Most questions are related to the patient perception of the problem and not the actual problem itself, a lack of understanding of any particular question might affect the scores.
Dental caries was at assessed tooth level, which is less sensitive compared to the tooth surface.
The present study is cross-sectional in nature, a prospective study is needed to assess whether poor dentition status influenced Oral Health-Related Quality of Life.
| Conclusion|| |
The present study revealed that oral health conditions like periodontal status, loss of attachment oral mucosal lesions, dental trauma, and dental erosion were noticed more in production line workers of steel factory and their oral health-related quality of life is poor over its counterparts may be due to the exposure towards harmful gases during their working hours, which confirmed the association between the deterioration of oral health status and hazardous workplace environment. Oral health status was significantly related to various components of oral health-related quality of life of the study population. Occupational health should be given more importance in the prevention of oral diseases, which may arise due to the work environment by setting up hospitals/clinics, regular check-ups, and immediate referral. The early recognition and the treatment of oral diseases may go a long way in helping the people in need. There is a high need for planning health education programs for the production line workers.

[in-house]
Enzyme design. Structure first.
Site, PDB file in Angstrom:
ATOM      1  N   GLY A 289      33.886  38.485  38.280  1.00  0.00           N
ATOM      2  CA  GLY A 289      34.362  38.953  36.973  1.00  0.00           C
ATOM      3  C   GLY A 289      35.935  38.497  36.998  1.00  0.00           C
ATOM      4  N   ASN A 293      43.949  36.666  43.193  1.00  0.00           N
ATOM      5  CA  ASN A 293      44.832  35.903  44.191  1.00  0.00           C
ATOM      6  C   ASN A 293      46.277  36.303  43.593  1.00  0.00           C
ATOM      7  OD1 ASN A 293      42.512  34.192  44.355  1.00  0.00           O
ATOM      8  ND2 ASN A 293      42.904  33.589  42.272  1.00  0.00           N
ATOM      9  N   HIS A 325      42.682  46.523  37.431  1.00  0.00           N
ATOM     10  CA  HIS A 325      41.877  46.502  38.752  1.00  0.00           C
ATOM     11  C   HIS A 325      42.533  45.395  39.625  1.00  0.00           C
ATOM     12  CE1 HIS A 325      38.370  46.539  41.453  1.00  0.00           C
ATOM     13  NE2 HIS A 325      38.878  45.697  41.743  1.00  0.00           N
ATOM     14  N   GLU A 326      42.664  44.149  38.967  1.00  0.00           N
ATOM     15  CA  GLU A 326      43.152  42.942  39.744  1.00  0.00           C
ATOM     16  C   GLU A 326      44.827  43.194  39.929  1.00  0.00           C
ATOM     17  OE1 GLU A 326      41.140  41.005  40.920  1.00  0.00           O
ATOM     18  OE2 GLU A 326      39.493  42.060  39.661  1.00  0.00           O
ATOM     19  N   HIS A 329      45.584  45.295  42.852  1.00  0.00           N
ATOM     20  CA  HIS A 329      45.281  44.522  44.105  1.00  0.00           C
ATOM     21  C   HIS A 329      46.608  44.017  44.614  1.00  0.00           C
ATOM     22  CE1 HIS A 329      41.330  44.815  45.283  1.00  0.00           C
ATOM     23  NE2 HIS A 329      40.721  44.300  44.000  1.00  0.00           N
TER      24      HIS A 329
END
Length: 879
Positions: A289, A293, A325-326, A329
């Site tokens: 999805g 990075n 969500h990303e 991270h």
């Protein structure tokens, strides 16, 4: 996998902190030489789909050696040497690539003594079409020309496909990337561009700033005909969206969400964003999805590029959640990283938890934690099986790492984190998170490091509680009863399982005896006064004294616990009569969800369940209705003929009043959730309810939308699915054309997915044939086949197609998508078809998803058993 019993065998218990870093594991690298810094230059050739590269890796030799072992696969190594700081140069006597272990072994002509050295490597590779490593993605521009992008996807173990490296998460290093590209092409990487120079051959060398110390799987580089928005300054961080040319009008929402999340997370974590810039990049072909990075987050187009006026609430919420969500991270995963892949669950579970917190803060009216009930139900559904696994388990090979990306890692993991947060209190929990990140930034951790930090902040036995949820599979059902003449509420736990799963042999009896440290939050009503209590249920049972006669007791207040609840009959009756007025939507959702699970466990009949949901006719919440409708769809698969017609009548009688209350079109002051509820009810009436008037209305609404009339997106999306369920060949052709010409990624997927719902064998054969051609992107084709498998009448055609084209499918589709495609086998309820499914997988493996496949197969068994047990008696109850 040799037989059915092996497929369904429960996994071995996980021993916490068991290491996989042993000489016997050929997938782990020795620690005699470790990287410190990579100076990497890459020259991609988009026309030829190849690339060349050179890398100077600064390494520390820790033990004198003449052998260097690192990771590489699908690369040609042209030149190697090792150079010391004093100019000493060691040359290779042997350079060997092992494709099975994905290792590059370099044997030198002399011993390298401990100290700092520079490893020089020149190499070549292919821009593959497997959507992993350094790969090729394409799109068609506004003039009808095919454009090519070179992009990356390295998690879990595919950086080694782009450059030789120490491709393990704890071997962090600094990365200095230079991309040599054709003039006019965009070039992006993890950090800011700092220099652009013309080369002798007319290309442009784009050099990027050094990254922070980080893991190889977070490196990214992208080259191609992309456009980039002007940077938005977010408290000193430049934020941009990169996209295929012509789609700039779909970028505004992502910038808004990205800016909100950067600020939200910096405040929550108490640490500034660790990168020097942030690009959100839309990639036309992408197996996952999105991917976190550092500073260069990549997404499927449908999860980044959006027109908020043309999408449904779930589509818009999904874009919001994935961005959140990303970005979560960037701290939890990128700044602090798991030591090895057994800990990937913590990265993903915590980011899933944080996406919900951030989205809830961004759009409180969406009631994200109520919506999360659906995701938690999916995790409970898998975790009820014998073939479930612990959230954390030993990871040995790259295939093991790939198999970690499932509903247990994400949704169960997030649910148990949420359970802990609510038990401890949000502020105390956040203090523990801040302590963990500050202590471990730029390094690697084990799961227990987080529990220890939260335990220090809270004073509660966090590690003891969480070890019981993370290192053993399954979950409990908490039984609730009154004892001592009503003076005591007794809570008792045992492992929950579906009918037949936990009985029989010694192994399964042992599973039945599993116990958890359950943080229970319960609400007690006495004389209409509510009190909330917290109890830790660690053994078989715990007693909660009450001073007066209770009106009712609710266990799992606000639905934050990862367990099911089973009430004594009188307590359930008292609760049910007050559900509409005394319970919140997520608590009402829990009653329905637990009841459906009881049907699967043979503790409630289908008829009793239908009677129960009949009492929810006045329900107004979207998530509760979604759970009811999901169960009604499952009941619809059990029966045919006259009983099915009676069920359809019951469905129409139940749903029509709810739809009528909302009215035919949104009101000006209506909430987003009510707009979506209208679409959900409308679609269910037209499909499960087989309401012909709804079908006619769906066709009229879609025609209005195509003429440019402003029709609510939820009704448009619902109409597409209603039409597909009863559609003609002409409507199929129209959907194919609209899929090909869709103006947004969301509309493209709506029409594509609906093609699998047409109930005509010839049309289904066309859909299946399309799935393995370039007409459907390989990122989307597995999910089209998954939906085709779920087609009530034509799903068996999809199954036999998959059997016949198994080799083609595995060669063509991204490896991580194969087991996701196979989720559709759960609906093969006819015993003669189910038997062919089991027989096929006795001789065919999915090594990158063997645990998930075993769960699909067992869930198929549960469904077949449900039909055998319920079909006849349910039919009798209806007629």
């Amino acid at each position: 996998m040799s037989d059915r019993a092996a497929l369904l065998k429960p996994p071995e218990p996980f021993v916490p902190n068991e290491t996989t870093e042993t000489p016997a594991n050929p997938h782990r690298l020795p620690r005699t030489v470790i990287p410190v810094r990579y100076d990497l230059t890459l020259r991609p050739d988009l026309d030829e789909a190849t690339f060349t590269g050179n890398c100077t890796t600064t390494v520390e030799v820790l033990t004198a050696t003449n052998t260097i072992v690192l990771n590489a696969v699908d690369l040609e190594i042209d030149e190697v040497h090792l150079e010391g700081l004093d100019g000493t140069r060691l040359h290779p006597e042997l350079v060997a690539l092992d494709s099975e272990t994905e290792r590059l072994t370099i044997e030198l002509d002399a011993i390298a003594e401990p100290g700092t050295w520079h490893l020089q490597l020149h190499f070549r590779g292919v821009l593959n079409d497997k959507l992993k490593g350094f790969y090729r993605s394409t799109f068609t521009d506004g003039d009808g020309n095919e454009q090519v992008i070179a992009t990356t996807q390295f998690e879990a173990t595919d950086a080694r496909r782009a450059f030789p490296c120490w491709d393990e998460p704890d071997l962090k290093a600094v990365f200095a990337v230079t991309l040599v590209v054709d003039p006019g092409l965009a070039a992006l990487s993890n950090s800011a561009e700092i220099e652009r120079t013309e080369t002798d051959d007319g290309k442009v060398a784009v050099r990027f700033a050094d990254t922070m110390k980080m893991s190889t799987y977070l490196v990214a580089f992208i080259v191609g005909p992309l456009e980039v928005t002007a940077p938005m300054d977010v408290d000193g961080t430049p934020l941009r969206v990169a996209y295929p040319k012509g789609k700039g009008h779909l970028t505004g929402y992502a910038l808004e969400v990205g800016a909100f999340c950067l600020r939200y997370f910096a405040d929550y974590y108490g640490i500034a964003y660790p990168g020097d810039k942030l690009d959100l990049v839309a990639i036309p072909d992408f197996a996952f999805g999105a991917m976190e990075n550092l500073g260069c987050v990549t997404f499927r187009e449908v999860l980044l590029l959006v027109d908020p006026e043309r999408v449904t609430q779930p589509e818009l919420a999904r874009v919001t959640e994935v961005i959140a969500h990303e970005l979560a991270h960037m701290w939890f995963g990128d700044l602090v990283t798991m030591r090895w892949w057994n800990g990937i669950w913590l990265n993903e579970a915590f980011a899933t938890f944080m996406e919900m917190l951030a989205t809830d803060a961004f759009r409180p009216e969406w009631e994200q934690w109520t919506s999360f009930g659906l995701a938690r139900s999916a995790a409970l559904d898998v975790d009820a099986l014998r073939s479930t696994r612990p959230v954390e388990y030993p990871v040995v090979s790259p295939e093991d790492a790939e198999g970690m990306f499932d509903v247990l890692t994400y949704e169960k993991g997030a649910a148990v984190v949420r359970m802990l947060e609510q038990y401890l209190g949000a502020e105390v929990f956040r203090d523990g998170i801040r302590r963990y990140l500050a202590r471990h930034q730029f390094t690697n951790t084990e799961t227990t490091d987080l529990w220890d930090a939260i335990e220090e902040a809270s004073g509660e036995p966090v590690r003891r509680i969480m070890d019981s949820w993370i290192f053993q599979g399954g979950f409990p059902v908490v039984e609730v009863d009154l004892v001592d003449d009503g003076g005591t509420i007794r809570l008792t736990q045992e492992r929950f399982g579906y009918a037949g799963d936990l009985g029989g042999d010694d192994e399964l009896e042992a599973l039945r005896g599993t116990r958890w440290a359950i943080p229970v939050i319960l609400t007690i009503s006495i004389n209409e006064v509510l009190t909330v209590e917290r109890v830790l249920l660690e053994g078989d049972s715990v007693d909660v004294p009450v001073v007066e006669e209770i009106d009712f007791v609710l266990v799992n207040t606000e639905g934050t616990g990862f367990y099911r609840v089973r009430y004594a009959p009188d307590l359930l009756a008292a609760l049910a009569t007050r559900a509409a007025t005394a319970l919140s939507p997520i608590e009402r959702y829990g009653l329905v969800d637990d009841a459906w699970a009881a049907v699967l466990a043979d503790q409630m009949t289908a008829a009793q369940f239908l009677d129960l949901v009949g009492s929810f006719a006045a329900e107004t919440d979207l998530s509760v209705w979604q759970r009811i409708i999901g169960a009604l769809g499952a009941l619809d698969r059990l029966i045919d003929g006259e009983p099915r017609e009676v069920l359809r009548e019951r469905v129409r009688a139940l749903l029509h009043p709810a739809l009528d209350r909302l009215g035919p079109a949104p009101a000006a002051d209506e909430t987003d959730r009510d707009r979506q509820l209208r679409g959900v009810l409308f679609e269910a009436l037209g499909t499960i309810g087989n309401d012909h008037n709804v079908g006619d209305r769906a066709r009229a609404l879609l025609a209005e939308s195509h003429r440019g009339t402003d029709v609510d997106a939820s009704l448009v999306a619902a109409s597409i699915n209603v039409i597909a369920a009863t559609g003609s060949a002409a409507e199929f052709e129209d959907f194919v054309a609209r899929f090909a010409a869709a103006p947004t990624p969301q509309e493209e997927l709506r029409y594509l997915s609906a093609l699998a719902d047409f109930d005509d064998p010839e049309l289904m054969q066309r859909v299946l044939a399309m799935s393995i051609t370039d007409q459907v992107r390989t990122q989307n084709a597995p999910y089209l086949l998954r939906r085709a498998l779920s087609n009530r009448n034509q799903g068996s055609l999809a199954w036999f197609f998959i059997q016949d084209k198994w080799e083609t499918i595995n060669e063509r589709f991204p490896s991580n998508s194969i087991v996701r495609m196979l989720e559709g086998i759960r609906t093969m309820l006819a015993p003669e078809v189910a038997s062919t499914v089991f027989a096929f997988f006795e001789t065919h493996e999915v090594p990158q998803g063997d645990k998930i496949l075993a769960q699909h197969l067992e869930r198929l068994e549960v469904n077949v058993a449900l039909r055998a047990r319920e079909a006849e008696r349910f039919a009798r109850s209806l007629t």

Financial support and sponsorship
Conflicts of interest
There are no conflicts of interest.
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[Table 1], [Table 2], [Table 3], [Table 4]